Since China devalued its currency in late August, the capital markets have become volatile. The markets clearly fear that contagion from China’s weakening economy could somehow infect the U.S., a theme that has been way overdone. Market volatility wasn’t helped when the Fed irrationally delayed its long anticipated rate rise in mid-September.
Let’s first talk about China’s growth and its possible impact on the U.S. Over the past few years, China has moved to restructure its economy away from state owned enterprises, which have been characterized by high debt, and away from infrastructure-led growth. They have encouraged the growth of privately owned companies, which have significantly lower debt levels. China is attempting to lower its dependence on credit; it is attempting to deal with its excess manufacturing capacity; and it is moving toward some form of consumer capitalism.
Clearly China’s economic growth is slowing, but its economy is not crashing, as appears to be the much overdone Wall Street fear. Rapidly growing economies naturally slow down in percentage growth terms. The fact that China is growing at less than 7 percent has somehow scared investors, and, yes, even the Fed. But last year, China’s GDP grew nearly $1 trillion yuan – about 7 percent. This was more yuan than it grew in ’07, but because its economy was much smaller then, lower total yuan growth in 2007 still amounted to a 14 percent growth rate. Just think about how absurd the worry is that China is in a recession – their unemployment rate is 4 percent and retail sales are up 10.5 percent year over year!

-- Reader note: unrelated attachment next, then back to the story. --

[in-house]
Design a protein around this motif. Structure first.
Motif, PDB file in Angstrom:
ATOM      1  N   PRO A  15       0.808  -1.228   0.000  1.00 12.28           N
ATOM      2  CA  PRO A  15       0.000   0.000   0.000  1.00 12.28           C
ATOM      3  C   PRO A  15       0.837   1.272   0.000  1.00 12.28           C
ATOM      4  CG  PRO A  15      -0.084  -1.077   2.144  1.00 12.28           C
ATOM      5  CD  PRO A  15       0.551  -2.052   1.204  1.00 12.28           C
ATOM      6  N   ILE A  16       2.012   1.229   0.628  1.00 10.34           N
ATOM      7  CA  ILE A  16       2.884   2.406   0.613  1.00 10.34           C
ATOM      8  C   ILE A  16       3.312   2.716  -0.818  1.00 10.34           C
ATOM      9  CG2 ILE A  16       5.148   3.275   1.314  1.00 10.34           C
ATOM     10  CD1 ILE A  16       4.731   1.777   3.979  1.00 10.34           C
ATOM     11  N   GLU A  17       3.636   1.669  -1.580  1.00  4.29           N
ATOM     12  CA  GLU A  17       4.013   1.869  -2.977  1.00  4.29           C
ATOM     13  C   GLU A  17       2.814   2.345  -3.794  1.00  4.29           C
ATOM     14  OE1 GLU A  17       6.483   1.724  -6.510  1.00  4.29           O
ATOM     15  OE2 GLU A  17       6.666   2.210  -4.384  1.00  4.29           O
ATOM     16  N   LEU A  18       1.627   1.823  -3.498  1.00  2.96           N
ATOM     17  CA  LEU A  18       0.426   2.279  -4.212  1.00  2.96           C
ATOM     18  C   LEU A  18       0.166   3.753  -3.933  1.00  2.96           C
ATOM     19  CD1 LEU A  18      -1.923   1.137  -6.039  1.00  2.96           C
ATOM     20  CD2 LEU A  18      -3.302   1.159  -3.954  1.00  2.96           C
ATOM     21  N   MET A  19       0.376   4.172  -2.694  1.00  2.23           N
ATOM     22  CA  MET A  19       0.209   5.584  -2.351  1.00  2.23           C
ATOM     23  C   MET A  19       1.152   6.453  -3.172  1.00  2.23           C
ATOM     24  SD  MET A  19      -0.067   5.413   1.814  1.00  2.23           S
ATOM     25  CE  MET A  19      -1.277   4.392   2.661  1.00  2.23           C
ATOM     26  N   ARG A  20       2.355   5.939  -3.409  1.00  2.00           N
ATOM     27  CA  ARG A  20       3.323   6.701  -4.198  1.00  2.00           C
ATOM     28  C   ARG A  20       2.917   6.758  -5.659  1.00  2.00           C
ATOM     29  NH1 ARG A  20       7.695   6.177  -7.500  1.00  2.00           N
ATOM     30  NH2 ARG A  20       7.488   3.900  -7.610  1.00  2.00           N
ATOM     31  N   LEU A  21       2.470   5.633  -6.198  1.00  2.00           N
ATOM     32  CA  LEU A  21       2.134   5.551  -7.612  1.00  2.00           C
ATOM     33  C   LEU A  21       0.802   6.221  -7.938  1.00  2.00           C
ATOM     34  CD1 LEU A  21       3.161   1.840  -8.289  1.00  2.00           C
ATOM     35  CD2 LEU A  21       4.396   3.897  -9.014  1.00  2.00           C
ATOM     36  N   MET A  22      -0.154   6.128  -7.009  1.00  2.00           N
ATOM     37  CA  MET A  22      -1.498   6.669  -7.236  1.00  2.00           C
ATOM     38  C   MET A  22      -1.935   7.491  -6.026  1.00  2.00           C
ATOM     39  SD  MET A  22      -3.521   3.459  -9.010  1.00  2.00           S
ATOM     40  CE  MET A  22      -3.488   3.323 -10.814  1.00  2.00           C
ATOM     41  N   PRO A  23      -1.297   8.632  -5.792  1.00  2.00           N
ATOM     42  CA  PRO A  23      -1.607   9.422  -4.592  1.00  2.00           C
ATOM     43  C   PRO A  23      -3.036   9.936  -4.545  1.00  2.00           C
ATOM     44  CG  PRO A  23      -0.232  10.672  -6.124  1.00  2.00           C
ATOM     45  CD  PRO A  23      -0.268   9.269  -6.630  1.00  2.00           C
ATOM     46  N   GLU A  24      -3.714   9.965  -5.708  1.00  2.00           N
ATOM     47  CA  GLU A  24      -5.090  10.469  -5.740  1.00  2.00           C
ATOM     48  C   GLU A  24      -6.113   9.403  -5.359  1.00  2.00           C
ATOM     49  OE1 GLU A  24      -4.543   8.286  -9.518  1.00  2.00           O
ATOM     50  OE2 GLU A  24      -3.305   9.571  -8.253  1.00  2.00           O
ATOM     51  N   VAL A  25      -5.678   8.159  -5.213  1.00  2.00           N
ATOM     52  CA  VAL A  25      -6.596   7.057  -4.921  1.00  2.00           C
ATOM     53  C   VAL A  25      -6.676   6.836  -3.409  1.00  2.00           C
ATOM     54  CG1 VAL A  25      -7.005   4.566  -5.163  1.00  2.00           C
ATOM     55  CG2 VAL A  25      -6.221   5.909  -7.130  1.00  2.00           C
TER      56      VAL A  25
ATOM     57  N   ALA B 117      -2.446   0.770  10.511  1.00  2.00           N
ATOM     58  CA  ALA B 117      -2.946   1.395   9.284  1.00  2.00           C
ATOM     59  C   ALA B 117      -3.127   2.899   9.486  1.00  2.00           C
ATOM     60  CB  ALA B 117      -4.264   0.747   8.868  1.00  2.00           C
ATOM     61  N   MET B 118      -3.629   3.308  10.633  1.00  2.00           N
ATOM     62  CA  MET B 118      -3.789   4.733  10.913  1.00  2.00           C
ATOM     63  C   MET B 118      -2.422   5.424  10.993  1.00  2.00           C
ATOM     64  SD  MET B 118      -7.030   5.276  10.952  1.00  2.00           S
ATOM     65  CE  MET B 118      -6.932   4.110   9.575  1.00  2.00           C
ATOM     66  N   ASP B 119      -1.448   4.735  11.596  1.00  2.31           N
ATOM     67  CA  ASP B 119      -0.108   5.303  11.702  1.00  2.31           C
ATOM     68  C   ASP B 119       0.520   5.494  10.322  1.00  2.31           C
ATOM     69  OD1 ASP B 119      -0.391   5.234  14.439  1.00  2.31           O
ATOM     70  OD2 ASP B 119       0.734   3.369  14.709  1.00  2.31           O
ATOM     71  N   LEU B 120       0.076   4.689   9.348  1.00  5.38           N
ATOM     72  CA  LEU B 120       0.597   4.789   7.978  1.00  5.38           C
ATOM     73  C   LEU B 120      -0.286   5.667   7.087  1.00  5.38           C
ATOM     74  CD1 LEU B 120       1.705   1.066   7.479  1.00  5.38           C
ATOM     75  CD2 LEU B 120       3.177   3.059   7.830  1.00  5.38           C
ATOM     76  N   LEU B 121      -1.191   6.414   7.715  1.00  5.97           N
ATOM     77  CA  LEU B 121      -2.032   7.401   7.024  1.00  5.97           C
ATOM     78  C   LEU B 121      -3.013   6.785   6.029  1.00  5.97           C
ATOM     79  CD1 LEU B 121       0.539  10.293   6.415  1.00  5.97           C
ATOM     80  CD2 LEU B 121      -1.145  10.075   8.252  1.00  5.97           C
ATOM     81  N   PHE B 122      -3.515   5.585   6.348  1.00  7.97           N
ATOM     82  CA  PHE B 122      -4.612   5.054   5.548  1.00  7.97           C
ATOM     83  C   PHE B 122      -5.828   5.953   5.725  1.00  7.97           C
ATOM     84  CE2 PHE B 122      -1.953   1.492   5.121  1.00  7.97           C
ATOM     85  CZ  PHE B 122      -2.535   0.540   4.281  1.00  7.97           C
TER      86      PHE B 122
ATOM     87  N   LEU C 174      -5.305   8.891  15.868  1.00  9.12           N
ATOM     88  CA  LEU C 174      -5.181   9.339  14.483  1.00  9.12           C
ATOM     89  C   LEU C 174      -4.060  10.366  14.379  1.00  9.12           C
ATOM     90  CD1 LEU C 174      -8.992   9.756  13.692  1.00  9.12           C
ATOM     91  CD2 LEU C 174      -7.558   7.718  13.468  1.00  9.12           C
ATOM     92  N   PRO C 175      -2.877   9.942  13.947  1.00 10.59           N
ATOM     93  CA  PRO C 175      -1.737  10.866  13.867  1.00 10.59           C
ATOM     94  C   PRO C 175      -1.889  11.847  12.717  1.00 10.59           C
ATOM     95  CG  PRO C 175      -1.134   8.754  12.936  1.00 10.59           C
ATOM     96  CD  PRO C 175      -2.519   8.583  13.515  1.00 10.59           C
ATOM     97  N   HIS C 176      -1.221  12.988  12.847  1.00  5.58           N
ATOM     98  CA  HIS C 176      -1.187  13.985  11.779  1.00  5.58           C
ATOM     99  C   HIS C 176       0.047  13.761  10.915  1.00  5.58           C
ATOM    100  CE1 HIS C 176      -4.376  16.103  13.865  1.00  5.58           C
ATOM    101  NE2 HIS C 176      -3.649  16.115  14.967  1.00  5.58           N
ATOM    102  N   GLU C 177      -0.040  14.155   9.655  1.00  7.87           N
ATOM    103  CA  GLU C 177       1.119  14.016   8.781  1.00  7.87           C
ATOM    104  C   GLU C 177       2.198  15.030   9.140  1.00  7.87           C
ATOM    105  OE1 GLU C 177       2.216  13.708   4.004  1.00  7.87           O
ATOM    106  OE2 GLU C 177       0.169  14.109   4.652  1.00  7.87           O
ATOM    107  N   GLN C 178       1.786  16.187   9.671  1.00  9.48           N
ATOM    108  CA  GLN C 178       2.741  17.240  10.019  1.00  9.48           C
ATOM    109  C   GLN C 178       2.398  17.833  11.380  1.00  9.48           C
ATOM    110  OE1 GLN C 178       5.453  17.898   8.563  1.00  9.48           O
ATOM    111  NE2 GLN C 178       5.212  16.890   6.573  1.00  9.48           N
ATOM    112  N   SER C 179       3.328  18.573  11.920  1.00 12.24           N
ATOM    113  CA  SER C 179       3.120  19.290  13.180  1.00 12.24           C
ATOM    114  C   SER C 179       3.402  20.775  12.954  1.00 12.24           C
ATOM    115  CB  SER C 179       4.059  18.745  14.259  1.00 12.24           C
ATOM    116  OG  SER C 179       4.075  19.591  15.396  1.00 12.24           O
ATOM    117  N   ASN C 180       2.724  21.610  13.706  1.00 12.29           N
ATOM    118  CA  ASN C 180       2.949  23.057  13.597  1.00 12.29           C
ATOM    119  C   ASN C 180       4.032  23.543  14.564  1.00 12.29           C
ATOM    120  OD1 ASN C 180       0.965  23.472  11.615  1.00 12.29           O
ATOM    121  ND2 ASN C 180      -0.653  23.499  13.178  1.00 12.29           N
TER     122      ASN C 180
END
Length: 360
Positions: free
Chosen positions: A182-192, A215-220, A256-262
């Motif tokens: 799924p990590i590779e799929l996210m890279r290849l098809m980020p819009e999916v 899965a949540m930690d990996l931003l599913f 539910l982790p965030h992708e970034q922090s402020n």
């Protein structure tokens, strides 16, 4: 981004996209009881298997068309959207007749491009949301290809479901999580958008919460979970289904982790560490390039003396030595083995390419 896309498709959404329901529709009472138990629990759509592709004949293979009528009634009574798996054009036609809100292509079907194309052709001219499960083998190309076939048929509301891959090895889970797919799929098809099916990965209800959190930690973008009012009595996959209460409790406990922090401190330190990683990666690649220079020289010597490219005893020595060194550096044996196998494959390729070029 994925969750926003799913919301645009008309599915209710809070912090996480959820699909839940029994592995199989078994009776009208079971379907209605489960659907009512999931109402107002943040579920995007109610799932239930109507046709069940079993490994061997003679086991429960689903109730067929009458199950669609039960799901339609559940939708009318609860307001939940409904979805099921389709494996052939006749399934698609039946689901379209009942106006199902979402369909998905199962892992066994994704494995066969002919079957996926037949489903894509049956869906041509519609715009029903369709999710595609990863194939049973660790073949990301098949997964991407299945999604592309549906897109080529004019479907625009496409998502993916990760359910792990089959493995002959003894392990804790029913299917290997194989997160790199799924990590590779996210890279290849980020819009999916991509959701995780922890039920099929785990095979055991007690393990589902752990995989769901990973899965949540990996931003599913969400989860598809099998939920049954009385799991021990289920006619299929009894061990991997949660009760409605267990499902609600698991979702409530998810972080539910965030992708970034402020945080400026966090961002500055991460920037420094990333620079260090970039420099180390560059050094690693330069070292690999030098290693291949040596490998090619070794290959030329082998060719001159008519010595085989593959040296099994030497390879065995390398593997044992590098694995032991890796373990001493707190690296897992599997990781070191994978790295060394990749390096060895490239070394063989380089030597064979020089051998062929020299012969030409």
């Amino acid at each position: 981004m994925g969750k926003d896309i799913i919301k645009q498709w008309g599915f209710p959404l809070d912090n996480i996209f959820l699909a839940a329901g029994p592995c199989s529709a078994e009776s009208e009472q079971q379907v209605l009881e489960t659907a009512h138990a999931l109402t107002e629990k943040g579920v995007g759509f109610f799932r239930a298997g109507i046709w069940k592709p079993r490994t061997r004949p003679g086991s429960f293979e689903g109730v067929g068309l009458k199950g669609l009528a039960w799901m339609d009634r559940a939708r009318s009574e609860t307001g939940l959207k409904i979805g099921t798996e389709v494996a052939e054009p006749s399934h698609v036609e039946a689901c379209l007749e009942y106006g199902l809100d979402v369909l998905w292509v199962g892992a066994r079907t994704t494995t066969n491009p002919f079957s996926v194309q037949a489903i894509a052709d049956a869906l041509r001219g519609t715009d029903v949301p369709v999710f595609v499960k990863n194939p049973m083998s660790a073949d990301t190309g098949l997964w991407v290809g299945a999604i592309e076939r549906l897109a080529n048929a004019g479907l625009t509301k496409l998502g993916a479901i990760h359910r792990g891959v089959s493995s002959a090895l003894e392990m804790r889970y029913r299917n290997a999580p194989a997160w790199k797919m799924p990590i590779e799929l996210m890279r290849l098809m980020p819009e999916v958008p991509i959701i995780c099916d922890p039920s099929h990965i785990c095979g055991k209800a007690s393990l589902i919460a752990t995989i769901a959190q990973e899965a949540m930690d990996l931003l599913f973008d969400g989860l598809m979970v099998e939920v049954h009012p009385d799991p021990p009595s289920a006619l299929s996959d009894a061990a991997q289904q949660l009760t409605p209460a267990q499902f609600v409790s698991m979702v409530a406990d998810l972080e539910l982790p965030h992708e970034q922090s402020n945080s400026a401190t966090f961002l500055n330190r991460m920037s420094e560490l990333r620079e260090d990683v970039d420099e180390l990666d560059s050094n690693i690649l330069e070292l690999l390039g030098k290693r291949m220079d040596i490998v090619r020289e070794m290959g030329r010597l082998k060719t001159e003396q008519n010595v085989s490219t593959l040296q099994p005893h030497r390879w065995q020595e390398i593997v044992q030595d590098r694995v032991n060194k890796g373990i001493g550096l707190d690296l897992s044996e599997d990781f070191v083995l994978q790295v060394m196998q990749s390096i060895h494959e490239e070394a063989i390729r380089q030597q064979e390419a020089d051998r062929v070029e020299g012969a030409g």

Conclusion: Wall Street’s fixation on and worry over growth in China appears to be grossly overdone.
China’s Impact on the U.S.
China’s overall economic health is unlikely to stall the current U.S. economic expansion:
- U.S. exports account for only 12 percent of GDP, about $2.3 trillion – a lot of money. But it pales by a factor of 6.5 in comparison to the domestic demand of more than $15 trillion.
- U.S. corporations earn $391 billion of profits abroad, but the $1.7 trillion earned at home is 4.3 times greater.
- The export sector, which is influenced by troubled emerging market (EM) economies and slowing worldwide manufacturing growth, impacts 13.2 million American workers. But service sector employees, who are impervious to EM issues, China, or the strength of the dollar, number well over 100 million – larger by a factor of 7.6.
Conclusion: Like the ’97-’98 Asian crisis and recession or the stagnation of the then-second largest economy of Japan in the 90s, China’s slower growth rate will only have a minimal impact on the U.S.’s service oriented economy.
Outlook – Q4 and Beyond
The Fed has been preparing the capital markets for a rate increase for at least two years. By not pulling the trigger in September, the Fed continued the “uncertainty” that the markets so abhor. And, after the Fed’s non-decision, volatility ramped up again in the equity markets. Yet despite an unpredictable Fed and market participants overly fixated on China’s growth and inappropriately worried about contagion, the U.S. economy continues to hum along: